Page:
Stan Lee, creator of Marvel's Spider-Man and others, dies at 95

WATCH: Stan Lee, creator of many legendary Marvel heroes, dies at 95

Stan Lee, the legendary comic book creator of some of Marvel’s most iconic heroes, has died at the age of 95, his family attorney confirmed to the Associated Press.

Lee was declared dead at Cedars-Sinai Medical Center in Los Angeles, according to Kirk Schenck, an attorney for Lee’s daughter, J.C. Lee.

Lee’s “secret origins” go back to New York City, where he was born Stanley Martin Lieber on Dec. 28, 1922. He started writing comics as a teenager with Timely Comics in 1939 and kicked off the company’s transformation into Marvel Comics in 1961.

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Lee and artist Jack Kirby launched Marvel with The Fantastic Four, reinvigorating a comics industry that had been dominated for decades by the likes of Batman and Superman.

Lee would go on to create many of Marvel’s best-known heroes including Spider-Man, Black Panther, Iron Man, the X-Men, the Hulk, Thor and Doctor Strange.

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Lee quickly became a figurehead for Marvel as its top writer, publisher, editor-in-chief and charismatic ambassador. With catchphrases such as “Excelsior,” he was a tireless promoter of Marvel and comics in general.

FILE - In this April 16, 2002, file photo, Stan Lee, 79, creator of comic-book franchises such as "Spider-Man," "The Incredible Hulk" and "X-Men," smiles during a photo session in his office in Santa Monica, Calif. (AP Photo/Reed Saxon)

FILE - In this April 16, 2002, file photo, Stan Lee, 79, creator of comic-book franchises such as "Spider-Man," "The Incredible Hulk" and "X-Men," smiles during a photo session in his office in Santa Monica, Calif. (AP Photo/Reed Saxon)

He became well-known for writing sophisticated stories with colourful yet flawed characters such as the hard-luck Spider-Man, the blind Daredevil and the frequently feuding Fantastic Four.

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“He changed the way we look at heroes, and modern comics will always bear his indelible mark,” DC Comics tweeted on Monday after his death.

“Stan Lee was as extraordinary as the characters he created,” Bob Iger, chairman and CEO of Disney, Marvel’s parent company, said in a statement. “A superhero in his own right to Marvel fans around the world, Stan had the power to inspire, to entertain, and to connect.”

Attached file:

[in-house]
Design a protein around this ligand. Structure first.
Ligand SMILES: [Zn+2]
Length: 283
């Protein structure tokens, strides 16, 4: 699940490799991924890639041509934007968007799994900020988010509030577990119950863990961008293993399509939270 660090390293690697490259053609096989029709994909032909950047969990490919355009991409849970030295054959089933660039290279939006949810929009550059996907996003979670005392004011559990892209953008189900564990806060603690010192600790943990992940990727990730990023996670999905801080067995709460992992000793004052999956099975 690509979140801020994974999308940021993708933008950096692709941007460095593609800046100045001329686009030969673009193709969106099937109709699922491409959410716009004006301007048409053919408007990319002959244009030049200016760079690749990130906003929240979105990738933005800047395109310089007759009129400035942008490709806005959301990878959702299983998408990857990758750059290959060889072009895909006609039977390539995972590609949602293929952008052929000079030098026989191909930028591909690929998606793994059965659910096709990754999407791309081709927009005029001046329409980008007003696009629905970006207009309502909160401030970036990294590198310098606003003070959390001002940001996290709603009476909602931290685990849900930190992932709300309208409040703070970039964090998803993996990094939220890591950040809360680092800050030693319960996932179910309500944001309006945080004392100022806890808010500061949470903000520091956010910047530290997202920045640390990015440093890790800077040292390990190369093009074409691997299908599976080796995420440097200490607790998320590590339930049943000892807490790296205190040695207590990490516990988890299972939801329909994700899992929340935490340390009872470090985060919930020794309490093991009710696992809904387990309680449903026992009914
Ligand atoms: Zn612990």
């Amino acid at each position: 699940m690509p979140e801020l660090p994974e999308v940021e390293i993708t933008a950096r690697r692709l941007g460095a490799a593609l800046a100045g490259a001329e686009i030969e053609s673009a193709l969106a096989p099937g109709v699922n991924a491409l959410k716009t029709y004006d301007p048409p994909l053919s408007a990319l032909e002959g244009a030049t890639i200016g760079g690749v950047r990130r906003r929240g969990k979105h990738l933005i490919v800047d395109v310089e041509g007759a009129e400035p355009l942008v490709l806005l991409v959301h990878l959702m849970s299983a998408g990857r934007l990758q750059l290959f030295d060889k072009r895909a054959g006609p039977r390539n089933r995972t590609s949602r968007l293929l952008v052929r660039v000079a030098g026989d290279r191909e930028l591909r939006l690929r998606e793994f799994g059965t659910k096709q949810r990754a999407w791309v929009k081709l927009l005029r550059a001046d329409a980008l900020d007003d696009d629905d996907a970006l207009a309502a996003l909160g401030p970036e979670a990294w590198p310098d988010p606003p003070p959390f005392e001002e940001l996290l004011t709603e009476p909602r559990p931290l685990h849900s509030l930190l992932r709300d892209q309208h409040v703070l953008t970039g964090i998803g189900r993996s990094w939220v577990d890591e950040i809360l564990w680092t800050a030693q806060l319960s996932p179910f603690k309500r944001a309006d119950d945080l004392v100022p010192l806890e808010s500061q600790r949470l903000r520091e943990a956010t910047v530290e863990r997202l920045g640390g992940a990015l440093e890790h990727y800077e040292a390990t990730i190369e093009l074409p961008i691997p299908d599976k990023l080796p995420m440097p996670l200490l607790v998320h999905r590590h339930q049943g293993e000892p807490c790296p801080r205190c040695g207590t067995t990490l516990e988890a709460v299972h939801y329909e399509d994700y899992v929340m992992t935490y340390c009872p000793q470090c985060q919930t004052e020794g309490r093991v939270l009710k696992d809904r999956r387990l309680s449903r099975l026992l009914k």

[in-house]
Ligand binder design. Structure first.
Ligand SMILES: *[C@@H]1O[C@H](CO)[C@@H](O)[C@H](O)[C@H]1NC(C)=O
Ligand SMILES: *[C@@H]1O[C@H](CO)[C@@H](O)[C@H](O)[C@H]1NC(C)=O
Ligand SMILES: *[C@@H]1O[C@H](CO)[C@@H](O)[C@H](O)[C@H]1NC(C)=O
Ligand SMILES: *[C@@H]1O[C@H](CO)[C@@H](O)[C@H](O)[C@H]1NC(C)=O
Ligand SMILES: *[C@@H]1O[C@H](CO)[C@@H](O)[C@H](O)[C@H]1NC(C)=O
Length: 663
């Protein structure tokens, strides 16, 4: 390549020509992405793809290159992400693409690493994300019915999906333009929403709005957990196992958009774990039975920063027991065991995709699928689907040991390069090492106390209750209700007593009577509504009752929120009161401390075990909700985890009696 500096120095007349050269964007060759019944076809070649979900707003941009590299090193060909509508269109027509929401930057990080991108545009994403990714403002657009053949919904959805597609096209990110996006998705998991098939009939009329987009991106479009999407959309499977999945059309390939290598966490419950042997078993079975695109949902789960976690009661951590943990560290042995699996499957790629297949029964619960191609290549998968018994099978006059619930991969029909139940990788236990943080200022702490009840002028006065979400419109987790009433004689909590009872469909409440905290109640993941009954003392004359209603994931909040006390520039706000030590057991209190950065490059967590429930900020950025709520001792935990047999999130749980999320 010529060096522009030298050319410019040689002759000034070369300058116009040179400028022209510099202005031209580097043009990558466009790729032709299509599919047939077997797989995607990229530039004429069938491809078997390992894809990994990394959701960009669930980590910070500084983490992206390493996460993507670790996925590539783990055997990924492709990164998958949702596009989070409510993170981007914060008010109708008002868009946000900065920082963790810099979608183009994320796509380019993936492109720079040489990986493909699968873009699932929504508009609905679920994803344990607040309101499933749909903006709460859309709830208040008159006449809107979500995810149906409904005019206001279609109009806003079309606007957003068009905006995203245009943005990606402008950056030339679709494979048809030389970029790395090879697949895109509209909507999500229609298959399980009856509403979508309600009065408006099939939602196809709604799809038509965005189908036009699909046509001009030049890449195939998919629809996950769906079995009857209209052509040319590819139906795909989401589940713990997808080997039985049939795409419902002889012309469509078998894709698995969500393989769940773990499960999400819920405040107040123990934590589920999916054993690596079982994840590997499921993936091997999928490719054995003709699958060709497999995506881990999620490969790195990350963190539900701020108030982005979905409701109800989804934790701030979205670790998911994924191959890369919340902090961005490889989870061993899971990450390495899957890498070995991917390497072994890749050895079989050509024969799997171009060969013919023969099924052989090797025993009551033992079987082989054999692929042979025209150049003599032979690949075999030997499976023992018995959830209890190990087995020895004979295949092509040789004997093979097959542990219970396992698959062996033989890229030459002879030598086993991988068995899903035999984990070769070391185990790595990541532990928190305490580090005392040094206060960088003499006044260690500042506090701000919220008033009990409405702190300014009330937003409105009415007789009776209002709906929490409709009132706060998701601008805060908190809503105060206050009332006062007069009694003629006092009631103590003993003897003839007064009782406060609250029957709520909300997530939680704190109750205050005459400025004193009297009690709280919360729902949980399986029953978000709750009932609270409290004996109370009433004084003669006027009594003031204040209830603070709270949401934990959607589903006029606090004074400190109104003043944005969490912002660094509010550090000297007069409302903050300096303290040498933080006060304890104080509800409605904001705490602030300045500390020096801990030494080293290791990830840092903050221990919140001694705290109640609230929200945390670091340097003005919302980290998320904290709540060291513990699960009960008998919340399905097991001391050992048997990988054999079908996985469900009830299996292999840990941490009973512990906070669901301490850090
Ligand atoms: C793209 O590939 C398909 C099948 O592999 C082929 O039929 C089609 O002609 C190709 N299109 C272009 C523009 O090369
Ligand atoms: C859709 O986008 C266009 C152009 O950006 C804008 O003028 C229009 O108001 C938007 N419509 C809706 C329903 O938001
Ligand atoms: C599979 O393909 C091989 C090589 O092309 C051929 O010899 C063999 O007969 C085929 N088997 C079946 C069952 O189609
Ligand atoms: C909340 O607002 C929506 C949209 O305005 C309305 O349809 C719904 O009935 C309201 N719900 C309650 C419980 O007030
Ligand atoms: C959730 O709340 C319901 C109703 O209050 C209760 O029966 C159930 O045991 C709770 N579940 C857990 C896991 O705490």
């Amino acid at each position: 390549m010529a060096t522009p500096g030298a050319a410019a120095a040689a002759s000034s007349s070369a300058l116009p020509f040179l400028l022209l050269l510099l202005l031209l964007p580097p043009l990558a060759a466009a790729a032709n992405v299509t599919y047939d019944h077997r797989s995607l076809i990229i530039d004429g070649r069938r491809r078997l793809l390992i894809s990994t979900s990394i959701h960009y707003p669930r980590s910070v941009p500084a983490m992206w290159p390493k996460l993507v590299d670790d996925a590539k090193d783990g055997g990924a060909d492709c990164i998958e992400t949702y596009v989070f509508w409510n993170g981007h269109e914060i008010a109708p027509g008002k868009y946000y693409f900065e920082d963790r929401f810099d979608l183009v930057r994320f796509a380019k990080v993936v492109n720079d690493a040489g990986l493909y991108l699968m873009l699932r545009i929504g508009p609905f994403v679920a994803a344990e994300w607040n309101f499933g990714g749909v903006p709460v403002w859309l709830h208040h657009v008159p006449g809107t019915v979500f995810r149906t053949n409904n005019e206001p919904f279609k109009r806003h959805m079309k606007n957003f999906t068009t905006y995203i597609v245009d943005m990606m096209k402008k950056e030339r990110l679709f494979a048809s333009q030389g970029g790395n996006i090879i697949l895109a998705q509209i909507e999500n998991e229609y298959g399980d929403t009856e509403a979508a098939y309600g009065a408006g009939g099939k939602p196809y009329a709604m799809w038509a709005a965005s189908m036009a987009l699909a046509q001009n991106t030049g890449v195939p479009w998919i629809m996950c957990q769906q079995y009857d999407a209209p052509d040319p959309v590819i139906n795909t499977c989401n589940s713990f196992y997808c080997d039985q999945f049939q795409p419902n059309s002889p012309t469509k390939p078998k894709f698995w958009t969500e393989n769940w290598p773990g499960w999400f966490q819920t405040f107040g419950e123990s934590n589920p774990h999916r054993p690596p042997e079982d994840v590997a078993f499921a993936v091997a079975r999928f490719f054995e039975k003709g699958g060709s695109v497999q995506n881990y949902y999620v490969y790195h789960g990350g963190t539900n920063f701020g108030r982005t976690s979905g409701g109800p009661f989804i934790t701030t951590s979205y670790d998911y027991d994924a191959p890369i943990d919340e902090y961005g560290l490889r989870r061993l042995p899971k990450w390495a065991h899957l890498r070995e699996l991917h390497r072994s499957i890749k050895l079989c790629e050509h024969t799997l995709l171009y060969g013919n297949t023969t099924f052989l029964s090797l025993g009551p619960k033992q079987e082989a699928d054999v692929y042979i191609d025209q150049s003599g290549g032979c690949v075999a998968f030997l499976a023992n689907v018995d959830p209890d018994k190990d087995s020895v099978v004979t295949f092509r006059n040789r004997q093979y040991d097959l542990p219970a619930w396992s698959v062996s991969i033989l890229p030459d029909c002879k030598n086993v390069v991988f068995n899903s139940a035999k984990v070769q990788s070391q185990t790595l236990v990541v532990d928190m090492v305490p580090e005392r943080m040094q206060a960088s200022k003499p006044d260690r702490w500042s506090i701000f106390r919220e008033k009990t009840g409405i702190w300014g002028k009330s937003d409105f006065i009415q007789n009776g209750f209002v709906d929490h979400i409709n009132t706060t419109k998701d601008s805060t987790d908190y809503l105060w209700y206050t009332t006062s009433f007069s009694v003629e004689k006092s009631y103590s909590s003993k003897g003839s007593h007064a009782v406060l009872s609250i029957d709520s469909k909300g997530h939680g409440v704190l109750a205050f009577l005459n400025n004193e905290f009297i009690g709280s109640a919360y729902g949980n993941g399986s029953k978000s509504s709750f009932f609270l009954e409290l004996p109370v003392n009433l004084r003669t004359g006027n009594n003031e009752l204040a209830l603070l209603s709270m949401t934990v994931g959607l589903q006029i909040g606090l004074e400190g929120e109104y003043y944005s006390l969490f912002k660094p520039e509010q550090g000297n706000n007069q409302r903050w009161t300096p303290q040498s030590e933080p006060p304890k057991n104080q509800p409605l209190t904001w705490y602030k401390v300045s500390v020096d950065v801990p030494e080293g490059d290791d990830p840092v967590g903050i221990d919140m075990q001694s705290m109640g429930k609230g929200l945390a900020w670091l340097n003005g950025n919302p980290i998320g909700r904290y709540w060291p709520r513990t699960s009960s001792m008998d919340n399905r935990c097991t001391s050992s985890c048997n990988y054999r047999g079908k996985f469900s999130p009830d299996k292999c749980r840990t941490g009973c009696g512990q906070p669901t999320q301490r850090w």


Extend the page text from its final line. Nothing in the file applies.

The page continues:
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Lee considered the comic book medium an art form and worked tirelessly to generate new content in his heyday.

“I wrote so many I don’t even know. I wrote either hundreds or thousands of them,” he told The Associated Press in 2006.

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“I think everybody loves things that are bigger than life. … I think of them as fairy tales for grown-ups,” he told the AP. “We all grew up with giants and ogres and witches. Well, you get a little bit older and you’re too old to read fairy tales. But I don’t think you ever outgrow your love for those kind of things, things that are bigger than life and magical and very imaginative.”

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Lee spent his later years in semi-retirement, touring comic conventions and appearing in cameo roles in dozens of Marvel movies.

His wife and partner in nearly everything, Joan Lee, died on July 6, 2017, leaving a void that made her husband vulnerable to hangers-on who began to surround him. Lawsuits, court fights and an elder abuse investigation all emerged in the fight over who spoke for the elderly Lee.

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Lee is survived by his daughter, Joanie, and a younger brother who also worked in comics, Larry Lieber.

“There will never be another Stan Lee,” tweeted Captain America actor Chris Evans. “He exuded love and kindness and will leave an indelible mark on so, so, so many lives.”

“Thanks for everything,” Canadian Deadpool actor Ryan Reynolds tweeted.

Stan Lee has reportedly filmed a cameo for the next Avengers film, due out on Apr. 26, 2019.

With files from the Associated Press

© 2018 Global News, a division of Corus Entertainment Inc.

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